Credentials and connection pools

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Re: Credentials and connection pools

Anne van Kesteren
On Mon, May 8, 2017 at 2:28 PM, Patrick McManus <[hidden email]> wrote:
> On Mon, May 8, 2017 at 3:36 AM, Anne van Kesteren <[hidden email]> wrote:
>> A connection can become anonymous-request-tainted when you send an
>> anonymous request over it. If a connection is authenticated the client won't
>> send an anonymous request over it and instead open a new connection.
>
> In at least the common case, cookies, there is just no need for this rule
> and it leads to most of the confusion we have. The connection can easily mix
> cookies and no-cookies.

Agreed. I don't know why you think what I wrote touches that? I'm only
talking about authenticated connections (not requests with
credentials) and requests without credentials (anonymous requests) as
it was my understanding that we did not want to mix those.


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Re: Credentials and connection pools

Eric Rescorla
In reply to this post by Anne van Kesteren
On Mon, May 8, 2017 at 5:17 AM, Anne van Kesteren <[hidden email]> wrote:

> On Mon, May 8, 2017 at 1:52 PM, Eric Rescorla <[hidden email]> wrote:
> > On Mon, May 8, 2017 at 12:36 AM, Anne van Kesteren <[hidden email]>
> wrote:
> >> How is that sufficient? How does Servo derive an implementation strategy
> >> from that that's not different from that of other browsers in ways that
> can
> >> be observed by web sites?
> >
> > Way is this an imperative? I should think the requirement was merely
> that it
> > not break Web sites.
>
> And if that requirement is to remain true, we should document what
> sites can come to depend upon.


Sure, but that's a much weaker invariant than cannot be observed.



> And likely will depend on given how
> HTTP/2 push works. Part of the reason I'm raising this is because
> folks are running into issues with the current model. If we change the
> model but don't make sure that all browsers adopt it, developers will
> still end up running into issues.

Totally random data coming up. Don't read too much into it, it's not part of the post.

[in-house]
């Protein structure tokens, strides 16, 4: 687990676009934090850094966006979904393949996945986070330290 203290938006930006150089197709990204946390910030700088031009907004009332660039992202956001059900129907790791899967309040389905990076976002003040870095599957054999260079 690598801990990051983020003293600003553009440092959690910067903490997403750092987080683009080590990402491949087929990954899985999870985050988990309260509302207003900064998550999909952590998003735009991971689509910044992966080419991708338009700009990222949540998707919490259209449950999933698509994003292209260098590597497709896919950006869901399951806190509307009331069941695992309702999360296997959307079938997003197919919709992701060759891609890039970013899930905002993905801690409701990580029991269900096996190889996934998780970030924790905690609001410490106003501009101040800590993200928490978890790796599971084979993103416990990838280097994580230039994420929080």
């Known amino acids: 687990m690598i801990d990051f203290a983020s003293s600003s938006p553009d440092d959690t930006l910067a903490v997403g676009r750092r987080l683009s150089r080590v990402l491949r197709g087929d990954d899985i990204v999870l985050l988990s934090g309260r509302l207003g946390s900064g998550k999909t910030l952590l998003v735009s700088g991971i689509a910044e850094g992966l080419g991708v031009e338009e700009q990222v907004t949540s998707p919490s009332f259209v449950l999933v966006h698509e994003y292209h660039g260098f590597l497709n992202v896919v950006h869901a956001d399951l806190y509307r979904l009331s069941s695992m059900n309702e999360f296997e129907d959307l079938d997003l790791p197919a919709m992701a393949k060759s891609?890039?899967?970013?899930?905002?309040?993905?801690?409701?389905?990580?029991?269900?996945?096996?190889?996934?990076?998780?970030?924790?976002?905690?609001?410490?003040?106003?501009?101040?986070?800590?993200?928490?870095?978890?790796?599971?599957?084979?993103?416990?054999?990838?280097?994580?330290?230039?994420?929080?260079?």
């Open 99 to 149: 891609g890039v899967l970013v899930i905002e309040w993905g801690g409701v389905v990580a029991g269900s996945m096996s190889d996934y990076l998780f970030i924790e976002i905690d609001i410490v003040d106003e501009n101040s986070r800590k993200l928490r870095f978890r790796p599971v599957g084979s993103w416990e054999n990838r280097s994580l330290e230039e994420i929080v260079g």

>

Hmm... Can you describe more about what issues developers of Web sites
are running into?



> >> When a connection is anonymous-request-tainted and the server tries to
> >> authenticate the connection, the client fails that process. This would
> be a
> >> potentially breaking change.
> >
> > I know that this is what McManus was suggesting, but if you mean that
> fail
> > causes the fetch to fail, that seems unnecessary. We could just simulate
> > network error and retry on a different, non-tainted, connection I should
> > think.
>
> We cannot always retry. E.g., with fetch() using streams the user
> agent cannot reproduce the body (by design, to use less memory;
> therefore also fails on most redirects and HTTP authentication).
>

Hmm.... This seems like a separate topic, but as you describe it, this has
the
potential to interact very badly with TLS 1.3 0-RTT (and QUIC too) which
both
depend on the assumption that 0-RTT data can fail and have to be replayed
semantically.

-Ekr
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Re: Credentials and connection pools

Patrick McManus
In reply to this post by Anne van Kesteren
On Mon, May 8, 2017 at 8:17 AM, Anne van Kesteren <[hidden email]> wrote:

> >> When a connection is anonymous-request-tainted and the server tries to
> >> authenticate the connection, the client fails that process. This would
> be a
> >> potentially breaking change.
> >
> > I know that this is what McManus was suggesting, but if you mean that
> fail
> > causes the fetch to fail, that seems unnecessary. We could just simulate
> > network error and retry on a different, non-tainted, connection I should
> > think.
>
> We cannot always retry. E.g., with fetch() using streams the user
> agent cannot reproduce the body (by design, to use less memory;
> therefore also fails on most redirects and HTTP authentication).



My mental model is inverted. A connection would be come ineligible for
anonymous requests only when some kind of connection based auth was done to
it (e.g. client certs, or ntlm). The presumption is that this does not
happen often. In its absence there is only one kind of connection and it
can carry anonymous and non anonymous requests.

When some kind of connection based auth is triggered there are 2 classes of
requests that have to deal with this
  a] a single request in flight (this is single because this is an
h1-only-no-pipeline issue)